Going with the first pun that comes into my head may not be the best way to title these things. Anyhow…
As it turns out, my entry into realm of blogging went even less smoothly than I might have imagined. Just when I had gained a sense that almost no one would be reading anything I was saying, and I had begun to develop the sort of quickly-written-yet-still-worked-over voice that I always do in such a vacuum, another human being reached out from the emptiness of the internet to “comment” on my new endeavor.
How strange it was to discover that WordPress wanted me to “approve” this mysterious written communiqué, and how much stranger to discover that its writer was actually commenting to voice their displeasure with my “use” of their blog, insofar as I had linked to it. I had actually linked to a post from their blog as an “example of lousy blogging,” (the link was contained within the word “example”) but my simple linking, rather than the flip criticism, was the reason for the complaint (at least as far as was openly expressed).
That’s just as well… their post really was an example of lousy blogging (I’ll leave specific names and web address out since backtracking and the all seeing eye of Google peer into even these inconsequential reaches of the internet, and I don’t wish to cause further aggravation, but one can find their way to the blog in question quite easily via the prior comment). And my low opinion doesn’t seem to have had much effect, as the writer has already added a second edition of the very post that I singled out. Haters gonna hate and bloggers gonna blog their unique-as-a-snowflake opinions on celebrities and fashion faux pas, I suppose.
A bigger realization for me, however, was that writing even a silly little blog like this one really is “self-publishing” in a somewhat formal sense, and as such may need to be taken seriously at times. By that I mean that one apparently cannot blog without some knowledge of the legal status of internet content. How unpleasant! It’s as if I’m keeping a largely private (because uninteresting) diary, but that I could be sued (hypothetically) for going about it the wrong way.
I asked the party offended by my link what rules I might have missed, and received this response: “For future references [sic], you will have to do your own research on the in’s and out’s of permission for sharing blogs. There is lots of fine print that I couldn’t possibly get into.” This immediately raised my suspicions. It would be impossible for them just to summarize the general idea, or the ultimate effect of the “fine print”? Come on, this sounds like refuge being taken behind the mere implication of jargon and litigiousness.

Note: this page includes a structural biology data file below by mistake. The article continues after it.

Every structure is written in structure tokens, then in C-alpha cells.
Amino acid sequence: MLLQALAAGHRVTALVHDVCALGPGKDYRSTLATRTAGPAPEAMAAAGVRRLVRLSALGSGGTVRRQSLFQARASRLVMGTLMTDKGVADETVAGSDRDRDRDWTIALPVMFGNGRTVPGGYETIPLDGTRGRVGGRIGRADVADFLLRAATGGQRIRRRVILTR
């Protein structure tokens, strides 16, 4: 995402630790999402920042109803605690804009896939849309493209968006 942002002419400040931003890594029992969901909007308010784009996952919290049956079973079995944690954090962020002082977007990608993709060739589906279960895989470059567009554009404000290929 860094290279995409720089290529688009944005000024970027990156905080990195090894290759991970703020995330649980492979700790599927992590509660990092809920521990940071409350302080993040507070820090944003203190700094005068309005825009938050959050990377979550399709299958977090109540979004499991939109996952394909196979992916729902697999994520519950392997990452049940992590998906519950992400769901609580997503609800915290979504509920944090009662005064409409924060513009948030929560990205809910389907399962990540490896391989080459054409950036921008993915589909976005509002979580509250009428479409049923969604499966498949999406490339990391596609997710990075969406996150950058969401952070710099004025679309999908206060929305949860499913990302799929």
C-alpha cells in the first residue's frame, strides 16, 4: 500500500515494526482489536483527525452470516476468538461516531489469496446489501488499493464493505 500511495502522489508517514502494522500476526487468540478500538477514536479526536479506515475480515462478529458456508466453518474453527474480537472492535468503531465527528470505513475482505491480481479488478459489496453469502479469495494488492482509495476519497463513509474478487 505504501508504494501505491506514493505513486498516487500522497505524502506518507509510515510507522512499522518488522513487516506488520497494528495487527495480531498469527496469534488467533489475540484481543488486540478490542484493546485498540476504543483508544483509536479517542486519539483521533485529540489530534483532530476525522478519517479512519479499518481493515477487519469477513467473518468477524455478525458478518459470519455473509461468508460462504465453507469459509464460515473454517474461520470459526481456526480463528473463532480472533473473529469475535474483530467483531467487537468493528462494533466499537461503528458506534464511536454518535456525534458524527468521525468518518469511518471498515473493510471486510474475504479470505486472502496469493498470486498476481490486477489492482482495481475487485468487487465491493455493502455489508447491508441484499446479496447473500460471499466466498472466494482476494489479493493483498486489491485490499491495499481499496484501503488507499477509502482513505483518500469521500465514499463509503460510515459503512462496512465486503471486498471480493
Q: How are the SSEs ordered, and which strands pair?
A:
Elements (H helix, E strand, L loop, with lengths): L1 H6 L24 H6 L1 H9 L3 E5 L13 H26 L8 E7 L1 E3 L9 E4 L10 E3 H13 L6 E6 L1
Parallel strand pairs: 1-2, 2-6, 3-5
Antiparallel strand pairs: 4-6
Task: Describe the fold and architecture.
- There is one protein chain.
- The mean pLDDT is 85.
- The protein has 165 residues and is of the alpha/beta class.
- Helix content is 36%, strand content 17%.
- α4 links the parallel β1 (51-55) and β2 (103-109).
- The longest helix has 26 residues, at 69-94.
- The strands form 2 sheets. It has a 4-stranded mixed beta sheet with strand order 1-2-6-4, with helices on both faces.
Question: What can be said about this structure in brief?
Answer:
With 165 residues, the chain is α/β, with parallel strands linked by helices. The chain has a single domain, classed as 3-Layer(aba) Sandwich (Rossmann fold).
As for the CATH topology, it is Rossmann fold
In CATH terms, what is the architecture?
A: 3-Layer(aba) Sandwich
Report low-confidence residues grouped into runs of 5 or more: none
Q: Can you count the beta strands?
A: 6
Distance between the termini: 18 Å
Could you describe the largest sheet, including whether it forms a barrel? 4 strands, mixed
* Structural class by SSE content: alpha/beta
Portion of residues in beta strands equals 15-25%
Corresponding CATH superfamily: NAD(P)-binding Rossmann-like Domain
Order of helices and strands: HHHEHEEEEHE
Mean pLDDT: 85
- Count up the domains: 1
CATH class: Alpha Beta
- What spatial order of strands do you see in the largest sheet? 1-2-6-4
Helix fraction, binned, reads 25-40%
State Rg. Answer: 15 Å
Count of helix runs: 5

Still, to avoid stepping on any more electronic toes, I decided to do my own research. I discovered that, while linking to online content does not have a clear legal status, it is unlikely that linking would be understood as copyright infringement in court. The most compelling analogy, to me at least, is that a web address is not intellectual property any more than a street address is. Websites might be able to protect themselves from linking with “shrink-wrapped” user agreements (which users must go through in order to see any content, similar to a notice printed on shrink wrap around a physical product), but anything less is not likely to hold up in court. The blog to which I linked certainly falls into the “anything less” category; it has no posted user agreement or usage policy of any kind (understandable for a blog, but less understandable for someone claiming unusual copyright protection). As for asking permission to link to blogged content, it turns out that some people would find such a request annoying to deal with, or even a bit insulting (most believe that the internet is supposed to be an open community, after all).
So my intuition seems to have been right. The offended blogger, as far as I can tell, had no right to demand that I take the link to their blog down, nor to suggest that I had failed to gain proper permission before posting the link. Of course they had every right to ask nicely for me to take the link down, and I probably would have responded favorably to such a request. Hell, they didn’t ask at all nicely, and I still took the link down out of respect.
As real self-publishing, blogging may produce some unnerving moments like this, but I think the lesson here is not to be intimidated by someone taking a vaguely juridical tone. Obviously enough, if the legality of some kind of content is called into question, then someone ought to be able to point to a specific law, or at least a summary of one. Otherwise… just try to take it easy.
One final note: I became interested in the (probably not carefully chosen) language of the original complaint about my link. “Take me down from this site immediately,” they said “You do not have my permission to use my blog. Thank you.” The notable words there seem to be “me” and “use.” It’s odd that someone would refer to their blog (or indeed a link to their blog) as “me,” and to a link to their content as a “use” of that content. It seems clear that your blog isn’t “you” any more than your notebook is “you,” and that “using” an address wouldn’t be “using” the corresponding building or mailbox. Cyberspace, as something rather different from usual physical reality, seems to encourage strange metaphors like these, and some such metaphors might encourage people to be more attached to or protective of online content than they might be if online content were addressed more directly. I’ll probably pick this issue up later on…